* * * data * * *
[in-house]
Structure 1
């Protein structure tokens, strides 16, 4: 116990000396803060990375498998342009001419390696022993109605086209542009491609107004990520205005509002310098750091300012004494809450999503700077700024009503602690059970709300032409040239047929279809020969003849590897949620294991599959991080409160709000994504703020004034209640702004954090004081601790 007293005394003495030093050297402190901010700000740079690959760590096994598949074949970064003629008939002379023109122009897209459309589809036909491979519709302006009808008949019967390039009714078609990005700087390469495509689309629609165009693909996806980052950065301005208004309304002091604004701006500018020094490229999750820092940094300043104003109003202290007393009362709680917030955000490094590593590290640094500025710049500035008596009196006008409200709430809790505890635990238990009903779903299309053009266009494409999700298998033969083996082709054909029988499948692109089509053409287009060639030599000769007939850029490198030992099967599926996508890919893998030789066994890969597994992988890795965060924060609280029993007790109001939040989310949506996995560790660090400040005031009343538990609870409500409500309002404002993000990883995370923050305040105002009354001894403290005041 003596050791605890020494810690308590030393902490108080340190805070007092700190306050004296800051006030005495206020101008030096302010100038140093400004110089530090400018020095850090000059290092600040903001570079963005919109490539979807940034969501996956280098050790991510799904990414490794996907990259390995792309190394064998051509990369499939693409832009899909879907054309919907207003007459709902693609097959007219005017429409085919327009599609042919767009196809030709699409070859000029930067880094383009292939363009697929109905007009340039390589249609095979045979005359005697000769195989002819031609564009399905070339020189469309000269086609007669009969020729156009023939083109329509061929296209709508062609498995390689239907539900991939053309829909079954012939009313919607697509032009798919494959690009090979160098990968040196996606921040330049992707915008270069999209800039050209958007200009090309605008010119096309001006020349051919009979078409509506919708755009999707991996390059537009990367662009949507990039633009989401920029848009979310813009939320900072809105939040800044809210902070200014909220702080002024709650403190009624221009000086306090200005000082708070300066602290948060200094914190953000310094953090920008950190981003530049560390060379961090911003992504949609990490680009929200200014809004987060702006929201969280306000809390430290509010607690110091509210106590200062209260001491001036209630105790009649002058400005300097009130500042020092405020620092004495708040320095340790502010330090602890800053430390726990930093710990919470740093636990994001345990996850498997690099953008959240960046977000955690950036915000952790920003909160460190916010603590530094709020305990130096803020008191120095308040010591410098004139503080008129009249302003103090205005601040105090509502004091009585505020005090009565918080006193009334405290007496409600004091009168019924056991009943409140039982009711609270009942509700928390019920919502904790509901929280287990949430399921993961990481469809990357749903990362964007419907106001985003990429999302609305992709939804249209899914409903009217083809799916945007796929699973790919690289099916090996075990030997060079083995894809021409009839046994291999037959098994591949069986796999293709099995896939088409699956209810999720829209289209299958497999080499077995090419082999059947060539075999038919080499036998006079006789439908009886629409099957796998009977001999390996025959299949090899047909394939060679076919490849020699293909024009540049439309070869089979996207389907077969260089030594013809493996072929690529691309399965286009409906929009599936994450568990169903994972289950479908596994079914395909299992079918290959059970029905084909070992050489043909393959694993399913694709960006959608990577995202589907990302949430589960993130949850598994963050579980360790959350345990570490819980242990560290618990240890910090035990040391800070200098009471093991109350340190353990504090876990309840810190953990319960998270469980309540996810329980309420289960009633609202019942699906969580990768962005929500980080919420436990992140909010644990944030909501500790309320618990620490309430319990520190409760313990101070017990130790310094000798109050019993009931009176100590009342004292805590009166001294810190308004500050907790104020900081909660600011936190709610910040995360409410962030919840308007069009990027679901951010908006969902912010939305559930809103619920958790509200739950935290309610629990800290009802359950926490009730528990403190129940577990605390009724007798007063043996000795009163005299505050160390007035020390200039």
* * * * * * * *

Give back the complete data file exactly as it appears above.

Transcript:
[in-house]
Structure 1
């Protein structure tokens, strides 16, 4: 116990000396803060990375498998342009001419390696022993109605086209542009491609107004990520205005509002310098750091300012004494809450999503700077700024009503602690059970709300032409040239047929279809020969003849590897949620294991599959991080409160709000994504703020004034209640702004954090004081601790 007293005394003495030093050297402190901010700000740079690959760590096994598949074949970064003629008939002379023109122009897209459309589809036909491979519709302006009808008949019967390039009714078609990005700087390469495509689309629609165009693909996806980052950065301005208004309304002091604004701006500018020094490229999750820092940094300043104003109003202290007393009362709680917030955000490094590593590290640094500025710049500035008596009196006008409200709430809790505890635990238990009903779903299309053009266009494409999700298998033969083996082709054909029988499948692109089509053409287009060639030599000769007939850029490198030992099967599926996508890919893998030789066994890969597994992988890795965060924060609280029993007790109001939040989310949506996995560790660090400040005031009343538990609870409500409500309002404002993000990883995370923050305040105002009354001894403290005041 003596050791605890020494810690308590030393902490108080340190805070007092700190306050004296800051006030005495206020101008030096302010100038140093400004110089530090400018020095850090000059290092600040903001570079963005919109490539979807940034969501996956280098050790991510799904990414490794996907990259390995792309190394064998051509990369499939693409832009899909879907054309919907207003007459709902693609097959007219005017429409085919327009599609042919767009196809030709699409070859000029930067880094383009292939363009697929109905007009340039390589249609095979045979005359005697000769195989002819031609564009399905070339020189469309000269086609007669009969020729156009023939083109329509061929296209709508062609498995390689239907539900991939053309829909079954012939009313919607697509032009798919494959690009090979160098990968040196996606921040330049992707915008270069999209800039050209958007200009090309605008010119096309001006020349051919009979078409509506919708755009999707991996390059537009990367662009949507990039633009989401920029848009979310813009939320900072809105939040800044809210902070200014909220702080002024709650403190009624221009000086306090200005000082708070300066602290948060200094914190953000310094953090920008950190981003530049560390060379961090911003992504949609990490680009929200200014809004987060702006929201969280306000809390430290509010607690110091509210106590200062209260001491001036209630105790009649002058400005300097009130500042020092405020620092004495708040320095340790502010330090602890800053430390726990930093710990919470740093636990994001345990996850498997690099953008959240960046977000955690950036915000952790920003909160460190916010603590530094709020305990130096803020008191120095308040010591410098004139503080008129009249302003103090205005601040105090509502004091009585505020005090009565918080006193009334405290007496409600004091009168019924056991009943409140039982009711609270009942509700928390019920919502904790509901929280287990949430399921993961990481469809990357749903990362964007419907106001985003990429999302609305992709939804249209899914409903009217083809799916945007796929699973790919690289099916090996075990030997060079083995894809021409009839046994291999037959098994591949069986796999293709099995896939088409699956209810999720829209289209299958497999080499077995090419082999059947060539075999038919080499036998006079006789439908009886629409099957796998009977001999390996025959299949090899047909394939060679076919490849020699293909024009540049439309070869089979996207389907077969260089030594013809493996072929690529691309399965286009409906929009599936994450568990169903994972289950479908596994079914395909299992079918290959059970029905084909070992050489043909393959694993399913694709960006959608990577995202589907990302949430589960993130949850598994963050579980360790959350345990570490819980242990560290618990240890910090035990040391800070200098009471093991109350340190353990504090876990309840810190953990319960998270469980309540996810329980309420289960009633609202019942699906969580990768962005929500980080919420436990992140909010644990944030909501500790309320618990620490309430319990520190409760313990101070017990130790310094000798109050019993009931009176100590009342004292805590009166001294810190308004500050907790104020900081909660600011936190709610910040995360409410962030919840308007069009990027679901951010908006969902912010939305559930809103619920958790509200739950935290309610629990800290009802359950926490009730528990403190129940577990605390009724007798007063043996000795009163005299505050160390007035020390200039």